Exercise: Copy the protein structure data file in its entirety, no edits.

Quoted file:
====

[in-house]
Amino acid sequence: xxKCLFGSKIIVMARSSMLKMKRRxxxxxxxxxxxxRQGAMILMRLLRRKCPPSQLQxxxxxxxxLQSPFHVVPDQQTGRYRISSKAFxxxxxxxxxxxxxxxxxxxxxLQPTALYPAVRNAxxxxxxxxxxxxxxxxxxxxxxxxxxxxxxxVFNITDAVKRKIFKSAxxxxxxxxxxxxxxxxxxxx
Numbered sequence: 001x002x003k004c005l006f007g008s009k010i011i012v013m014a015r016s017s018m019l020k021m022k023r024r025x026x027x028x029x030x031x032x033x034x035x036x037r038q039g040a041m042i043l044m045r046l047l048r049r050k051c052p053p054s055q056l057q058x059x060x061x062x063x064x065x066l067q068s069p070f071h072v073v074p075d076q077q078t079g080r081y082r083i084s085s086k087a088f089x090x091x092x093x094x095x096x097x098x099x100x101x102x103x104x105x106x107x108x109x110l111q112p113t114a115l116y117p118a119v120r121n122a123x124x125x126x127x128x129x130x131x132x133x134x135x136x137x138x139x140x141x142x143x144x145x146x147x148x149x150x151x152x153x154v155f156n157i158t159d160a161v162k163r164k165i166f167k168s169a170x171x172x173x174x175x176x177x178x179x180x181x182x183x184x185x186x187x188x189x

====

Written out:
[in-house]
Amino acid sequence: xxKCLFGSKIIVMARSSMLKMKRRxxxxxxxxxxxxRQGAMILMRLLRRKCPPSQLQxxxxxxxxLQSPFHVVPDQQTGRYRISSKAFxxxxxxxxxxxxxxxxxxxxxLQPTALYPAVRNAxxxxxxxxxxxxxxxxxxxxxxxxxxxxxxxVFNITDAVKRKIFKSAxxxxxxxxxxxxxxxxxxxx
Numbered sequence: 001x002x003k004c005l006f007g008s009k010i011i012v013m014a015r016s017s018m019l020k021m022k023r024r025x026x027x028x029x030x031x032x033x034x035x036x037r038q039g040a041m042i043l044m045r046l047l048r049r050k051c052p053p054s055q056l057q058x059x060x061x062x063x064x065x066l067q068s069p070f071h072v073v074p075d076q077q078t079g080r081y082r083i084s085s086k087a088f089x090x091x092x093x094x095x096x097x098x099x100x101x102x103x104x105x106x107x108x109x110l111q112p113t114a115l116y117p118a119v120r121n122a123x124x125x126x127x128x129x130x131x132x133x134x135x136x137x138x139x140x141x142x143x144x145x146x147x148x149x150x151x152x153x154v155f156n157i158t159d160a161v162k163r164k165i166f167k168s169a170x171x172x173x174x175x176x177x178x179x180x181x182x183x184x185x186x187x188x189x